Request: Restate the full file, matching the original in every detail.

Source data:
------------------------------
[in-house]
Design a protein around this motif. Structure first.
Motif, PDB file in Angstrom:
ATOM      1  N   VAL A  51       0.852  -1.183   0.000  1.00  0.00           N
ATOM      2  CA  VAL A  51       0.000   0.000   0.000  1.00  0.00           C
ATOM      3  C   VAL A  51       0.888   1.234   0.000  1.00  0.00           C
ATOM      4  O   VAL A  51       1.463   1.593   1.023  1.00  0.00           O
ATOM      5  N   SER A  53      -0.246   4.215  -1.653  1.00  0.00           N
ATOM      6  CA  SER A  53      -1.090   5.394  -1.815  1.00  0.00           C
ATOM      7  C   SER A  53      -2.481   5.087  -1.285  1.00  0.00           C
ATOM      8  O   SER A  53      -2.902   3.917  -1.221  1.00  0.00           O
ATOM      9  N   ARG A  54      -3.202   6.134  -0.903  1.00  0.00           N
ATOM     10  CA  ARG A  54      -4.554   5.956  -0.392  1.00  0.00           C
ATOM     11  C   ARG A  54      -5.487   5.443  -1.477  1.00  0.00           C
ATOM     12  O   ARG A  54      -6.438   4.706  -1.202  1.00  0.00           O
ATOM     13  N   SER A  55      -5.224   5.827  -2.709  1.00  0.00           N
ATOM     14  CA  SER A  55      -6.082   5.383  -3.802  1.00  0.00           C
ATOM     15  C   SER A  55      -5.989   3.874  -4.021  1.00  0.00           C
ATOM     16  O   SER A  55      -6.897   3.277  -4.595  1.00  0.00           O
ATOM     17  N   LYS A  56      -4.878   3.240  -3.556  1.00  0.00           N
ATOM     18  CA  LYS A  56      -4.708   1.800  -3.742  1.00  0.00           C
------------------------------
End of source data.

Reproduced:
[in-house]
Design a protein around this motif. Structure first.
Motif, PDB file in Angstrom:
ATOM      1  N   VAL A  51       0.852  -1.183   0.000  1.00  0.00           N
ATOM      2  CA  VAL A  51       0.000   0.000   0.000  1.00  0.00           C
ATOM      3  C   VAL A  51       0.888   1.234   0.000  1.00  0.00           C
ATOM      4  O   VAL A  51       1.463   1.593   1.023  1.00  0.00           O
ATOM      5  N   SER A  53      -0.246   4.215  -1.653  1.00  0.00           N
ATOM      6  CA  SER A  53      -1.090   5.394  -1.815  1.00  0.00           C
ATOM      7  C   SER A  53      -2.481   5.087  -1.285  1.00  0.00           C
ATOM      8  O   SER A  53      -2.902   3.917  -1.221  1.00  0.00           O
ATOM      9  N   ARG A  54      -3.202   6.134  -0.903  1.00  0.00           N
ATOM     10  CA  ARG A  54      -4.554   5.956  -0.392  1.00  0.00           C
ATOM     11  C   ARG A  54      -5.487   5.443  -1.477  1.00  0.00           C
ATOM     12  O   ARG A  54      -6.438   4.706  -1.202  1.00  0.00           O
ATOM     13  N   SER A  55      -5.224   5.827  -2.709  1.00  0.00           N
ATOM     14  CA  SER A  55      -6.082   5.383  -3.802  1.00  0.00           C
ATOM     15  C   SER A  55      -5.989   3.874  -4.021  1.00  0.00           C
ATOM     16  O   SER A  55      -6.897   3.277  -4.595  1.00  0.00           O
ATOM     17  N   LYS A  56      -4.878   3.240  -3.556  1.00  0.00           N
ATOM     18  CA  LYS A  56      -4.708   1.800  -3.742  1.00  0.00           C